But this home meant much more than that to Jim Vaughan and his family.
Vaughan had been building this house by hand since 1983.
He was working on installing the last piece to complete the house, when the Golden Fire started.
Neighbor Robert Howard said, “I sat in my car, and watched my best friend’s cabin burn to the ground.”
Jim Vaughan worked as a firefighter for 25 years across Southern Oregon for the forest service and BLM.
But in his spare time, Vaughan built a cabin in the woods outside of Bonanza, completely by hand.
For decades, the cabin took up most of his time outside of work, which is how it got its name, the “hobby house”.
Vaughan daughter Jessie said, “it’s taken over 40 years to build this, and everything he’s done, he’s done by hand and he cares for the trees. He knows every single one of his trees and every single spot on his property he loves.”
Jessie grew up in the “hobby house” and says it was nearly complete this summer.
She said her dad was working to install a septic tank, when the Golden Fire started late last month.
She said Vaughan was helping firefighters warn his neighbors as it spread.
“He was one of the first to help on scene,” Jessie said, “despite the fact that he’s retired he still likes to come out and help everyone else and let everyone know ‘hey there’s a fire, be careful.'”
As the fire grew, it became more likely that the “hobby house” wouldn’t survive.
Vaughan said the entire family was devastated when their neighbor called to tell them the house didn’t make it.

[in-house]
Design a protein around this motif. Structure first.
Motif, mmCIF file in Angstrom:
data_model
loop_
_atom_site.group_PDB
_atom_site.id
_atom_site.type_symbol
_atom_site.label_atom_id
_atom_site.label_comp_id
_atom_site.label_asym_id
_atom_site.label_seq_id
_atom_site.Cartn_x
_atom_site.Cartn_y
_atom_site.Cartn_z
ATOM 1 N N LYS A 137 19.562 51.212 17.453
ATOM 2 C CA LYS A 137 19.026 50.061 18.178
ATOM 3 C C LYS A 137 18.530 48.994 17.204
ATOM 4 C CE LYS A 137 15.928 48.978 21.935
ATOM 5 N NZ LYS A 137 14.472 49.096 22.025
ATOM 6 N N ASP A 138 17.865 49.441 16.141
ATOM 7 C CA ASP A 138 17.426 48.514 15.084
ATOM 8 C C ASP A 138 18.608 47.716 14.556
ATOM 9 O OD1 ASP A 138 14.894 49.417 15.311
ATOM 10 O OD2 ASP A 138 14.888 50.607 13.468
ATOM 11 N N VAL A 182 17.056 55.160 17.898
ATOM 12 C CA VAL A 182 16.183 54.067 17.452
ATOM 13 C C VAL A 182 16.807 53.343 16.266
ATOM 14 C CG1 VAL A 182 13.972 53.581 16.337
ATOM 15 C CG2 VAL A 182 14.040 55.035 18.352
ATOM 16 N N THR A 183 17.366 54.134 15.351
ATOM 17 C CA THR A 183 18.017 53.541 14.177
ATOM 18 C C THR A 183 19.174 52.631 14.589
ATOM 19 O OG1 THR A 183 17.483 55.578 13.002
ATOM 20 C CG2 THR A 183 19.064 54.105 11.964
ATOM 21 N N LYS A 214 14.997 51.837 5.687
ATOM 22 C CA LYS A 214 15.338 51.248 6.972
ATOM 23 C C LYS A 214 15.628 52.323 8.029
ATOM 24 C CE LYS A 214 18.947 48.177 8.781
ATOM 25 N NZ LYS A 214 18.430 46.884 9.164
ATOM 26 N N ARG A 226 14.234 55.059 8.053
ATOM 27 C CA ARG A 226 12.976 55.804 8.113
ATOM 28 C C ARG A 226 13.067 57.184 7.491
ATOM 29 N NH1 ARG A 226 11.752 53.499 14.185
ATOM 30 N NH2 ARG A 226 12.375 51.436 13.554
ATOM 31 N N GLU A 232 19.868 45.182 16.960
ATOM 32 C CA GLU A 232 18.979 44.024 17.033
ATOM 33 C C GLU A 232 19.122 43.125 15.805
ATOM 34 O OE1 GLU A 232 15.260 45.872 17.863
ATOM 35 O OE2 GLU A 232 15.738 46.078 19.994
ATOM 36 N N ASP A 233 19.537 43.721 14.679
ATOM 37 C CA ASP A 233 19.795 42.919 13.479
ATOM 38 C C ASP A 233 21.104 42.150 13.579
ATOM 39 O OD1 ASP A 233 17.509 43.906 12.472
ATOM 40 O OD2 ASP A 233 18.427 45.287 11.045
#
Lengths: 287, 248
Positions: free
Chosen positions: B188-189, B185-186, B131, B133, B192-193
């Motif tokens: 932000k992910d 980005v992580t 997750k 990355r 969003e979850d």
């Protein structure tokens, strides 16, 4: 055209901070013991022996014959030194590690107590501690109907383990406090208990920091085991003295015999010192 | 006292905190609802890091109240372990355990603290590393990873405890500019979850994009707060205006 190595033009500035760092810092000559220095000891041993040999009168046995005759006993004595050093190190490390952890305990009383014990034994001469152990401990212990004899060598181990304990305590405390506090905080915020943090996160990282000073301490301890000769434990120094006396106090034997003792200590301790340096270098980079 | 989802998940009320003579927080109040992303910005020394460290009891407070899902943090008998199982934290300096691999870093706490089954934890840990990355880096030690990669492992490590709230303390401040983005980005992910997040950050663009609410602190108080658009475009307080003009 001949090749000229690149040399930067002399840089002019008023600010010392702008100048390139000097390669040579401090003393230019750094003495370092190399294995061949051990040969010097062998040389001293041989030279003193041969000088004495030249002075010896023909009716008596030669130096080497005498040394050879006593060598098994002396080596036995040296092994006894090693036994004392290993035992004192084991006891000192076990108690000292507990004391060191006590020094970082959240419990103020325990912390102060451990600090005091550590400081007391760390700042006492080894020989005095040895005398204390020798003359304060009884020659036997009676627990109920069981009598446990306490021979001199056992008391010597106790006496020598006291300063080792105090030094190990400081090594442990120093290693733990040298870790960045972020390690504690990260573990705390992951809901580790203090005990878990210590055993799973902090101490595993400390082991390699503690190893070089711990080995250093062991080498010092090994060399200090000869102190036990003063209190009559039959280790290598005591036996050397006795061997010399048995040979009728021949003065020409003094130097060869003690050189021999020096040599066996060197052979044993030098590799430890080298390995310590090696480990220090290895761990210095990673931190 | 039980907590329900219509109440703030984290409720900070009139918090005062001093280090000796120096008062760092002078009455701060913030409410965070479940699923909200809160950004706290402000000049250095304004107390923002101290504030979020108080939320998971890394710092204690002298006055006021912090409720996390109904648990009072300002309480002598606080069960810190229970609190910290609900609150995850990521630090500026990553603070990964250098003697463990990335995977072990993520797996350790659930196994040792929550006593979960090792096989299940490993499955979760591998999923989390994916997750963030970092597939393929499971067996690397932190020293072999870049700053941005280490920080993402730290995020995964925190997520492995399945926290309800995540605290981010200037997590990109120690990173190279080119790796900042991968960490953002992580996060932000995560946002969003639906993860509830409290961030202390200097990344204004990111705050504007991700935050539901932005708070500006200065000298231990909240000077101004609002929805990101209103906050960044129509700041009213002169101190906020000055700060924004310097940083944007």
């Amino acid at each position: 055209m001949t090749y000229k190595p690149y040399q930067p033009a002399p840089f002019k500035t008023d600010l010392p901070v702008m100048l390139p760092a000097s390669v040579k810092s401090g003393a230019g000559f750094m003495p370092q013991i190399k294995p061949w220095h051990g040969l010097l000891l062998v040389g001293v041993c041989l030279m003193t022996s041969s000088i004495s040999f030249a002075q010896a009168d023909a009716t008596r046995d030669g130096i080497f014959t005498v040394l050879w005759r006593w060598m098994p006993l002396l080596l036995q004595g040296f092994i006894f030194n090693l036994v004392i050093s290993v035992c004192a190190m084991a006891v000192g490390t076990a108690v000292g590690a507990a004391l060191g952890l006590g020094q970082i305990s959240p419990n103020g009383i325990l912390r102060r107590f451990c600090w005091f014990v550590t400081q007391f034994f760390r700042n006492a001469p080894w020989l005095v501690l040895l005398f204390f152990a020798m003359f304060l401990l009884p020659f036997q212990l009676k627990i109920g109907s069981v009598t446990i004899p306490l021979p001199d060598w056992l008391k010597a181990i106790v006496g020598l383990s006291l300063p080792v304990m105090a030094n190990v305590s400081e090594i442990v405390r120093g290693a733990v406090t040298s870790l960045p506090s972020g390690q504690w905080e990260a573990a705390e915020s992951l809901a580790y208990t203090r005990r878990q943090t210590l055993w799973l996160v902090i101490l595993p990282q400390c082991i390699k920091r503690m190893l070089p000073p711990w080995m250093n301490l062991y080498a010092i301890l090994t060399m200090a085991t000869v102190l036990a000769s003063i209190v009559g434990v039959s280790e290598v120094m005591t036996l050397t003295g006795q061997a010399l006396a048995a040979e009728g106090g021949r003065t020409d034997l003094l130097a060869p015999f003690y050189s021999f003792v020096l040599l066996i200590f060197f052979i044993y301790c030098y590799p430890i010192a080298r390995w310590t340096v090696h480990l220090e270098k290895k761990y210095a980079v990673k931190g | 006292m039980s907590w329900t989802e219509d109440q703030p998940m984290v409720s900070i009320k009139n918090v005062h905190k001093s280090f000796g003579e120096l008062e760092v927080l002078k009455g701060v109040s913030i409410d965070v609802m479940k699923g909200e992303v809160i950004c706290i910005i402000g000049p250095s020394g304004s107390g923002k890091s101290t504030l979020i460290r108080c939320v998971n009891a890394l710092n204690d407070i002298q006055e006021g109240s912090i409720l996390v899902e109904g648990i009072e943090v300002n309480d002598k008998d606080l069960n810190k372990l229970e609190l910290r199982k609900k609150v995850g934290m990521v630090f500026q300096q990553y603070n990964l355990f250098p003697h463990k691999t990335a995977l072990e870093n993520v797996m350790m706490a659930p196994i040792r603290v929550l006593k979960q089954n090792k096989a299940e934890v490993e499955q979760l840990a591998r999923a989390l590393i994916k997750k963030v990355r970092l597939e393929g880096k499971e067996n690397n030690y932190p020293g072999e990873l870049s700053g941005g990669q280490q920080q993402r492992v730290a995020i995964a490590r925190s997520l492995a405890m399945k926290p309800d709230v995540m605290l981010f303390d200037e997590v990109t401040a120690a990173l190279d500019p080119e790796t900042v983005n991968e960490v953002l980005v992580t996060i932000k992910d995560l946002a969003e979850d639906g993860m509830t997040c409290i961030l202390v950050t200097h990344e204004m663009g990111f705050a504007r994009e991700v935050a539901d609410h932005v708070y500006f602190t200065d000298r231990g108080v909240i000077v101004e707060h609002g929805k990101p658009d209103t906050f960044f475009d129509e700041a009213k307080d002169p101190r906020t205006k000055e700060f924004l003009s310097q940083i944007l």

“We just cried and sobbed and held each other. It was really sad,” Jessie said, “we’re still not quite over that.”
Because the house wasn’t considered complete when it burned down, Vaughan’s insurance company said it won’t cover it.
Now, the family has set up a GoFundMe to help Jim get back on his feet.
Jessie said the support so far from the community has been tremendous.
“A lot of people know and have seen the ‘hobby house’ and know how legendary and beautiful it was and people are just heartbroken,” Jessie said, “people know how much he loved this house and how much all of us loved this house.”
Jim Vaughan suffered a stroke nearly a year ago and declined to appear on camera, but he wrote a statement to us saying “to all the firefighters, thank you for what you do and be safe.”
If you would like to donate, you can find a link to the GoFundMe here.
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